It pays to be prepared for parents' evenings...
Two thirds of young people have their own smartphone before they start secondary school (and some other interesting facts). How does your child's internet use compare?
Do you sometimes feel your child is sharing not just too much information, but the wrong kind of information? Do you worry that their adolescent attitudes are going to hang over them for the rest of their lives? How do you talk to them about the identity they're creating with their friends - and how the internet makes that visible to everyone?
Researchers have been studying how children use smartphones, tablets and computers across Europe. So are children addicted to their phones? And how many have experienced cyberbullying? We have (some of) the answers...
You can't shield your child from every risk in the online world, any more than you can offline. So how do you help them to be digitally literate (what does that even mean?) And what kind of parenting approach is most likely to help them stay safe?
What does good mental health look like when it comes to young people?
Are mental health problems rising in children and young people? And is the internet to blame? An influential committee of MPs calls for more support for mental illness among the young.
When young people admit to having mental health problems, parents often blame themselves. There is still stigma and shame attached to this kind of illness, despite the fact that it's so common. But early diagnosis and treatment have been shown to work so it's important for parents to be open and supportive. Blaming yourself - or anyone else - doesn't help.
Girls in years 7 and 8 are a lot more anxious and unhappy than they were five years ago. Researchers from University College London suggest this may be the result of sexualised images of women in impact of social media.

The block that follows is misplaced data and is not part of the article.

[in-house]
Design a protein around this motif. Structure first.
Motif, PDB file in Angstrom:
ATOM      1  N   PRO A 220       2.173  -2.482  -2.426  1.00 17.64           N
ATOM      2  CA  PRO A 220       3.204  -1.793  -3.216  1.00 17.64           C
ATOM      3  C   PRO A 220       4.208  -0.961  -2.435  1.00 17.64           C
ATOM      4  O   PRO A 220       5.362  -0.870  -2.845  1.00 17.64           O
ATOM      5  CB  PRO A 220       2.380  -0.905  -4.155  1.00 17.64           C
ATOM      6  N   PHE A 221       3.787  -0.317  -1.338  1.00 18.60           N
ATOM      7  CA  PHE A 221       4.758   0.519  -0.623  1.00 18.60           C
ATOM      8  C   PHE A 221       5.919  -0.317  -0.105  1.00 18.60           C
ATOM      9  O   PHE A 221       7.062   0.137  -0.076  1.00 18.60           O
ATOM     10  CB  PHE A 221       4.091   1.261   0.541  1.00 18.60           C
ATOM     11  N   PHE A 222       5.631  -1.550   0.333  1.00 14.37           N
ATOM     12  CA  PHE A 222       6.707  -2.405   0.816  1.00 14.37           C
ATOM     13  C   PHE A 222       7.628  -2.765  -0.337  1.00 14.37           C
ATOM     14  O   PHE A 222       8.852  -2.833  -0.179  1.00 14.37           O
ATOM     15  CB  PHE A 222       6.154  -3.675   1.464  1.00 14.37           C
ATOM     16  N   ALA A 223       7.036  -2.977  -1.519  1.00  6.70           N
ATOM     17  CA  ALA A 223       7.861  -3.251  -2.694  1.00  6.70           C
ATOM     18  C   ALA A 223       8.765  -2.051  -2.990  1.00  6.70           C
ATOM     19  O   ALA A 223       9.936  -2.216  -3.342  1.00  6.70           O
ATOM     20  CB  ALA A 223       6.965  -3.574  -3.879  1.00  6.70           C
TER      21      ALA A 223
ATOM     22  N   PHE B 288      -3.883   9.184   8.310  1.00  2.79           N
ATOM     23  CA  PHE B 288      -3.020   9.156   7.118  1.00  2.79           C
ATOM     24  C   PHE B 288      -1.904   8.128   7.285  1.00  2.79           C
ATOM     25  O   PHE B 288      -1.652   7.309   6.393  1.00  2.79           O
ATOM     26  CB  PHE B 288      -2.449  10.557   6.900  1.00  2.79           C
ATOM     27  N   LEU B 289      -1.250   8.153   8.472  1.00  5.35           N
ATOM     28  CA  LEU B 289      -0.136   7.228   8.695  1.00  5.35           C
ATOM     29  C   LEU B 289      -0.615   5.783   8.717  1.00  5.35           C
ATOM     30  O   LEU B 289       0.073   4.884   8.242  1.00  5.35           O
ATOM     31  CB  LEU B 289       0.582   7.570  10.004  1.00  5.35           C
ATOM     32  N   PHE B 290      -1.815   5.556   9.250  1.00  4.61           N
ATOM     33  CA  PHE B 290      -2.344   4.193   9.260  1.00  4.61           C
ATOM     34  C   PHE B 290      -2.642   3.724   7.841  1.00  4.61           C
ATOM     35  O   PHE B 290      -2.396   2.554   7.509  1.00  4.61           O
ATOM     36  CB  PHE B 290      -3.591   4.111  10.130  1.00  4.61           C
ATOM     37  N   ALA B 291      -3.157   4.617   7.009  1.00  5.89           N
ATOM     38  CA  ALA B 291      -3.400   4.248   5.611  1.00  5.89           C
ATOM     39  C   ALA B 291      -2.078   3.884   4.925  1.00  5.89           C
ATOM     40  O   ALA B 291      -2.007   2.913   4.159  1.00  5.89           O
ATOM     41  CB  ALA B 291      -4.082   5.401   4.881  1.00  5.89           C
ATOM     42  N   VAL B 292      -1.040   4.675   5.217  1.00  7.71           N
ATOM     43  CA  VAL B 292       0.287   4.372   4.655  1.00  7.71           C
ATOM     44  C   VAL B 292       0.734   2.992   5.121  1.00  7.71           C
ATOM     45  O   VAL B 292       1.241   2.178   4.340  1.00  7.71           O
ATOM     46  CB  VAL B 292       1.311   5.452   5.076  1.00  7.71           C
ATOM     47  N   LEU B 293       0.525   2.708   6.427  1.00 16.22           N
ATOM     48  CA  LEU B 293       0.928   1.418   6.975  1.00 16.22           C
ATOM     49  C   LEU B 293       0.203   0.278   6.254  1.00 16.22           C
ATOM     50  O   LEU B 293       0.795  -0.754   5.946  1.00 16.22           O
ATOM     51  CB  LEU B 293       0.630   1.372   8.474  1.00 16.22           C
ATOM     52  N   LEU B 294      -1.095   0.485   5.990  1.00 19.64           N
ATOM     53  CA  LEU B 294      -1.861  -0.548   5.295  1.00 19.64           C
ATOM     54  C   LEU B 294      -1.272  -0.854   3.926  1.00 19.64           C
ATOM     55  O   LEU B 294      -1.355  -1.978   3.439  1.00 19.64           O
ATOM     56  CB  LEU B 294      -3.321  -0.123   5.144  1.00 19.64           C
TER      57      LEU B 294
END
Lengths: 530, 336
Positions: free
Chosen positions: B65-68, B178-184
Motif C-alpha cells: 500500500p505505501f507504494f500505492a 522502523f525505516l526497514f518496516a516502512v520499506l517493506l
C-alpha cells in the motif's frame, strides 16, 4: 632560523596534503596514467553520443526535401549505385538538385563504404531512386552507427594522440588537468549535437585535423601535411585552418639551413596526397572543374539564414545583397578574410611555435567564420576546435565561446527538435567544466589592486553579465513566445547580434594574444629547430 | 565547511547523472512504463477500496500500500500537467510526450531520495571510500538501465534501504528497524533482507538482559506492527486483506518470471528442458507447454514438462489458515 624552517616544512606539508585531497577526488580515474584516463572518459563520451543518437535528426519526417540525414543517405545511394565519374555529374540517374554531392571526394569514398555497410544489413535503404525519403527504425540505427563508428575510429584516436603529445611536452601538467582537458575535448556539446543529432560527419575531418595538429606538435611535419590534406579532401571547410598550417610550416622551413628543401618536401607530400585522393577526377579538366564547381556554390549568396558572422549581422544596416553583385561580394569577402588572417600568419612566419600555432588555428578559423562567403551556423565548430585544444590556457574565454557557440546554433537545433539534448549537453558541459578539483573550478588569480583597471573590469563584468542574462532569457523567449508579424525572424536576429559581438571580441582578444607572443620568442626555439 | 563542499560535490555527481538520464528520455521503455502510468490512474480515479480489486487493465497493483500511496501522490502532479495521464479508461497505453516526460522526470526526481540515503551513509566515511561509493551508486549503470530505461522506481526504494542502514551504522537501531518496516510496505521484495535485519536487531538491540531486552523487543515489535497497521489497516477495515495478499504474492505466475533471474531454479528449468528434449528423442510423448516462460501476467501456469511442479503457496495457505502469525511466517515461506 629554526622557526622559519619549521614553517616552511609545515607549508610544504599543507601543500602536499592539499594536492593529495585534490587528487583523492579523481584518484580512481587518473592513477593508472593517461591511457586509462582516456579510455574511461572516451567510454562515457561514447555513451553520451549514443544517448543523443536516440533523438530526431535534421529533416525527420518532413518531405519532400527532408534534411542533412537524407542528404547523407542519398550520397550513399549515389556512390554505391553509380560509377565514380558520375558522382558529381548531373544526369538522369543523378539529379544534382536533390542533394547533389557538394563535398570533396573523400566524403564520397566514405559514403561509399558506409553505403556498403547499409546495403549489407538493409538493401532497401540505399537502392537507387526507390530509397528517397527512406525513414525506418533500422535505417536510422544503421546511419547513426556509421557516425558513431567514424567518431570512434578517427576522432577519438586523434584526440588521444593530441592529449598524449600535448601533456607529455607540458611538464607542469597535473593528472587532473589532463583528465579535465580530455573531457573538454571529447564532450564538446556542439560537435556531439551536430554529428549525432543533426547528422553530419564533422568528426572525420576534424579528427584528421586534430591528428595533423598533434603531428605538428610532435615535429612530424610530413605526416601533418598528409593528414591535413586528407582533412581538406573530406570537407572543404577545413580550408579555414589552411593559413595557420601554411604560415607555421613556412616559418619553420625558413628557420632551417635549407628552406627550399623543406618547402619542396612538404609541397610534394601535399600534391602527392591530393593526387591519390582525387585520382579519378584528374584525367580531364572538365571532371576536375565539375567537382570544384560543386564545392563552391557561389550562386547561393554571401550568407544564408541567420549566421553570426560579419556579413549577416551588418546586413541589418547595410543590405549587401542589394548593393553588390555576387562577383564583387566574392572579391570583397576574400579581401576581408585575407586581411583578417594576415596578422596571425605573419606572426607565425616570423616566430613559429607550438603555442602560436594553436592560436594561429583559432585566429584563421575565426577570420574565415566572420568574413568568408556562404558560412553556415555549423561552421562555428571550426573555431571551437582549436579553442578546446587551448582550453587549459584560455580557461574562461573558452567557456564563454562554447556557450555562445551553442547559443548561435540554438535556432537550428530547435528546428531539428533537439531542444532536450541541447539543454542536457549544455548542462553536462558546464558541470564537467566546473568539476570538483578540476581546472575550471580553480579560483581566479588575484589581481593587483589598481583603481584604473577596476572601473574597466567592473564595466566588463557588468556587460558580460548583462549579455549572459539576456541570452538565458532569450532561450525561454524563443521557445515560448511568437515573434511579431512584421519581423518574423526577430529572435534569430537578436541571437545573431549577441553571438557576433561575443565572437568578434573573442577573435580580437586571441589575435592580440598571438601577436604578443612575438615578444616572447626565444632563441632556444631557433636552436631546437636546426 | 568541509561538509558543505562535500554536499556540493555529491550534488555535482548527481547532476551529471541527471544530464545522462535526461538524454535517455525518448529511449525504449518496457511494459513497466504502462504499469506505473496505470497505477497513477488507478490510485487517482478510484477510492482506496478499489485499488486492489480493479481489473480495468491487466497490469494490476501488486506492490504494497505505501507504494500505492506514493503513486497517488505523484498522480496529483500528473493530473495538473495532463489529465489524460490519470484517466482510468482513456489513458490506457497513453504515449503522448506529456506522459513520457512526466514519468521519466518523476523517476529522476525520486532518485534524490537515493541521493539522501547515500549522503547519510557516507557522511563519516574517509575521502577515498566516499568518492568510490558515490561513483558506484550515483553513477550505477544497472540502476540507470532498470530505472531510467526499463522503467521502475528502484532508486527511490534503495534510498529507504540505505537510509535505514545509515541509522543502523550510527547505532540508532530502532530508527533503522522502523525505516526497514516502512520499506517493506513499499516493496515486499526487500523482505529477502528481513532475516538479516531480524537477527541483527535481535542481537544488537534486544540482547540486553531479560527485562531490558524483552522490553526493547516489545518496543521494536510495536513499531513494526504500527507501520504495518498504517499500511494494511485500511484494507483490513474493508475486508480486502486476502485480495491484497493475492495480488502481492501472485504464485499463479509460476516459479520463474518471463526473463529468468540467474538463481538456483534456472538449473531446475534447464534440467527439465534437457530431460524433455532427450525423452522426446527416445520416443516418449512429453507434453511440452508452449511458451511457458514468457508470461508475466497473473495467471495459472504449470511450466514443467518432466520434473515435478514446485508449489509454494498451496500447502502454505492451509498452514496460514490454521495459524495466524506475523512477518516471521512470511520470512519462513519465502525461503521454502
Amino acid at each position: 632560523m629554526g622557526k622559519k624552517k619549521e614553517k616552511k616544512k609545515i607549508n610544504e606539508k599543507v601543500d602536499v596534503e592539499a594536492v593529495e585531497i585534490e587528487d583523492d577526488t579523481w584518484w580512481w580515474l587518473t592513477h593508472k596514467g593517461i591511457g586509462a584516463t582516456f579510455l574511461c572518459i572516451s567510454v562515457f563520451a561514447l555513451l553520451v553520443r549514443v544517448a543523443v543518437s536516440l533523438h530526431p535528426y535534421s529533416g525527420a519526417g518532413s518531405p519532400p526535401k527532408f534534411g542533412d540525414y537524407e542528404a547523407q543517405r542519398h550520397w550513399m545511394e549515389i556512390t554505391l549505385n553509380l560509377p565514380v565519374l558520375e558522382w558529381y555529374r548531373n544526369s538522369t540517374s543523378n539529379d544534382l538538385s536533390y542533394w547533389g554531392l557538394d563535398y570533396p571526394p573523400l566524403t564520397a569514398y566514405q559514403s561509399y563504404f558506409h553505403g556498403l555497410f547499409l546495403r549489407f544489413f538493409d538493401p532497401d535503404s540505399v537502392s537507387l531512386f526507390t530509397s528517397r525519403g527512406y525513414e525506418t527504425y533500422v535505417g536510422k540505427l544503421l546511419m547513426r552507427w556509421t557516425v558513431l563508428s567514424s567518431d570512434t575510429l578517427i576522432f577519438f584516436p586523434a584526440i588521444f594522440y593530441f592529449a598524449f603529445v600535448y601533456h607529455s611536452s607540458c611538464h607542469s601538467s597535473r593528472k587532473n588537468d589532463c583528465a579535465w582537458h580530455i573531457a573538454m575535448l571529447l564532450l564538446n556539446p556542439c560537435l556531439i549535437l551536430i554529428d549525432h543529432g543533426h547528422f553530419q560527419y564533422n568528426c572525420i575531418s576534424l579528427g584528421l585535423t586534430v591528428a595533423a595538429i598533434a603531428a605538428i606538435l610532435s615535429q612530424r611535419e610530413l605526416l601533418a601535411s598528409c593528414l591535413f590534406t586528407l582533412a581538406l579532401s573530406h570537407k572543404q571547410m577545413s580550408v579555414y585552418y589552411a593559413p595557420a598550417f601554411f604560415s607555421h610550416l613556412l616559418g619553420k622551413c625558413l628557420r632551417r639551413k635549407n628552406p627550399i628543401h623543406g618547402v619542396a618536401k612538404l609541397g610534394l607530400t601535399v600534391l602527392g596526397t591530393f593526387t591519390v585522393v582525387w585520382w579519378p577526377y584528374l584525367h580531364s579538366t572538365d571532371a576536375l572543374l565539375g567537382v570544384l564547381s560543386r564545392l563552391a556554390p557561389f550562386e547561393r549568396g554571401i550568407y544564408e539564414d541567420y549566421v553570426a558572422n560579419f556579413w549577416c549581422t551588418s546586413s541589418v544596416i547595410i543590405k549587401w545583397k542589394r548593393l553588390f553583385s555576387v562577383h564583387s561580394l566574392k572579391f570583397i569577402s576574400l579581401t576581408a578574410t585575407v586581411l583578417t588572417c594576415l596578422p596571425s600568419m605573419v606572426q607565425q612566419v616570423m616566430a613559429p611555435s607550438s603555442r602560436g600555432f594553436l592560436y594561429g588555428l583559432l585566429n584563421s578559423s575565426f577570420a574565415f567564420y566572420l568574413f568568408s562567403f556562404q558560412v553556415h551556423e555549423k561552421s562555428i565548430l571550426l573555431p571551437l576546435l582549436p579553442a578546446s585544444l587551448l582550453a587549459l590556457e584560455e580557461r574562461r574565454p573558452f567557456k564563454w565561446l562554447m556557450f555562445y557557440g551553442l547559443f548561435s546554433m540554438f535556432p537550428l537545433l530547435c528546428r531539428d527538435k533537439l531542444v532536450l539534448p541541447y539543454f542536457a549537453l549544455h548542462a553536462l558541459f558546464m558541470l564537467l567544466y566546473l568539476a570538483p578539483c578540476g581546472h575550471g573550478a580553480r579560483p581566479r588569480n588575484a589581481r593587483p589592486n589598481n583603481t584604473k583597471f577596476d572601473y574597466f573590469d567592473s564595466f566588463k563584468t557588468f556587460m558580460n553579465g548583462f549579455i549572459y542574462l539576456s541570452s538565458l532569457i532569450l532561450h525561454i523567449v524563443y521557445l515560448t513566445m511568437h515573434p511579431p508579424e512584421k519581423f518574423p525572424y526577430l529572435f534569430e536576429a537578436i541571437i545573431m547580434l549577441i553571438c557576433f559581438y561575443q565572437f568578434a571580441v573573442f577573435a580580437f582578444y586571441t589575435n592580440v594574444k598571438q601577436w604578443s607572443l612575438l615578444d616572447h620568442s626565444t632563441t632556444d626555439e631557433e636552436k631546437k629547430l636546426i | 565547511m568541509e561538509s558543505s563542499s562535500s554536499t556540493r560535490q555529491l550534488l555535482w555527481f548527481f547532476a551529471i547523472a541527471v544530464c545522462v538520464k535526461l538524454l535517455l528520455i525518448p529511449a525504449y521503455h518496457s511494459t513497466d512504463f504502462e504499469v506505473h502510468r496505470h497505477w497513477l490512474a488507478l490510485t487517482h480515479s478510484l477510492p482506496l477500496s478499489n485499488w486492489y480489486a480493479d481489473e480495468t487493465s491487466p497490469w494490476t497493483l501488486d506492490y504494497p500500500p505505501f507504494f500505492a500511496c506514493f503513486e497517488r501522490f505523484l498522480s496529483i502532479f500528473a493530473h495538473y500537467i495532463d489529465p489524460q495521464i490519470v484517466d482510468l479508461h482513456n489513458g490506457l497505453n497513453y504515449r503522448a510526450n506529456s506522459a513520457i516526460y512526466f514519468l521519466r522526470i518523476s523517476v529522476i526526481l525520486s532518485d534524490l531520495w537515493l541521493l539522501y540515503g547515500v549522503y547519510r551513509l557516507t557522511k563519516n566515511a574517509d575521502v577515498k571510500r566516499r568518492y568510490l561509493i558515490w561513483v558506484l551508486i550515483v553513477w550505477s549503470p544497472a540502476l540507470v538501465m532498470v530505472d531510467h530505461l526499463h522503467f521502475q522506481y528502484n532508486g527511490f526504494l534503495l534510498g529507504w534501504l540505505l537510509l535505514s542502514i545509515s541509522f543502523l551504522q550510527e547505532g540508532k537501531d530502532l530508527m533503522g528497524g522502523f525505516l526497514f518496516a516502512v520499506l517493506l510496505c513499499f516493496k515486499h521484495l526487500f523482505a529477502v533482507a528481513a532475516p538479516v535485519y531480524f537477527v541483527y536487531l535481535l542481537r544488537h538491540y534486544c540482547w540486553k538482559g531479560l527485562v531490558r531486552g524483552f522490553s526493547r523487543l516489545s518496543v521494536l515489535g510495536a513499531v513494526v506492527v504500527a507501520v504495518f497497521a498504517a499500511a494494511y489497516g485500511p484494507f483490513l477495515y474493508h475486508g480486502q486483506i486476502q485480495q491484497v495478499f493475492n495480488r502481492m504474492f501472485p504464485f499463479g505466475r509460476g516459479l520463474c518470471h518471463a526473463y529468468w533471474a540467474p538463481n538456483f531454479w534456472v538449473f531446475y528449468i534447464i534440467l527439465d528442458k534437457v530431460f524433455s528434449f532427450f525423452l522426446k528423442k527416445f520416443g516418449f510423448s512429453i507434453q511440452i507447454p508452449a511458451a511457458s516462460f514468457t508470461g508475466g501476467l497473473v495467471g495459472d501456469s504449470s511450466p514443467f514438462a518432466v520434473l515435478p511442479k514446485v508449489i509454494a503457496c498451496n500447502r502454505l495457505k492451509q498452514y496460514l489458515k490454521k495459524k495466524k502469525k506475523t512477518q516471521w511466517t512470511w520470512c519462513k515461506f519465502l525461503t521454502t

Sexting is almost the norm among some young people but sharing images of anyone under the age of 18 is illegal. So what should you say about sexting to your child? And how to respond if your child has sent an image they regret?
CEOP's Thinkuknow recently produced 4 short animated films on young people and taking nude selfies, and how to respond if your child sends a picture they regret. The films are based on research conducted over two years. Here CEOP underlines some of the key points.
CEOP's tips for ways to start a conversation with your teenager – and where to take it after that.
Sex, drugs, internet porn - no, no, no, you don't want to talk to your child about that! How embarrassing. Especially as you know hardly anything about any of it. But it's one of those jobs (like changing nappies) that parents are put on earth to do. Here are our tips for making it less of an ordeal.
Worried that your child may be accessing undesirable content online? Try our checklist of precautions and ways to respond.
Is your child uncertain about their sexuality? Are you half-expecting some big 'coming out' announcement? Richard Essery of Brook offers advice for parents on how to respond.
Brook's Richard Essery on how to deal with your child's developing sexuality, and the still-taboo topic of masturbation.
So-called pick-up artists (PUAs) have been in the news recently. One PUA who claims to be a pick-up coach (he does stage shows) called Julien Blanc was refused a visa to enter the UK.
There's some good news about young people's health (teen pregnancies down, smoking, drinking and drug taking down) but some not-so-good news (obesity and mental health problems up). A new report from Public Health England says that young people's mental and physical health are closely connected - and that relationships are the key to their health and wellbeing.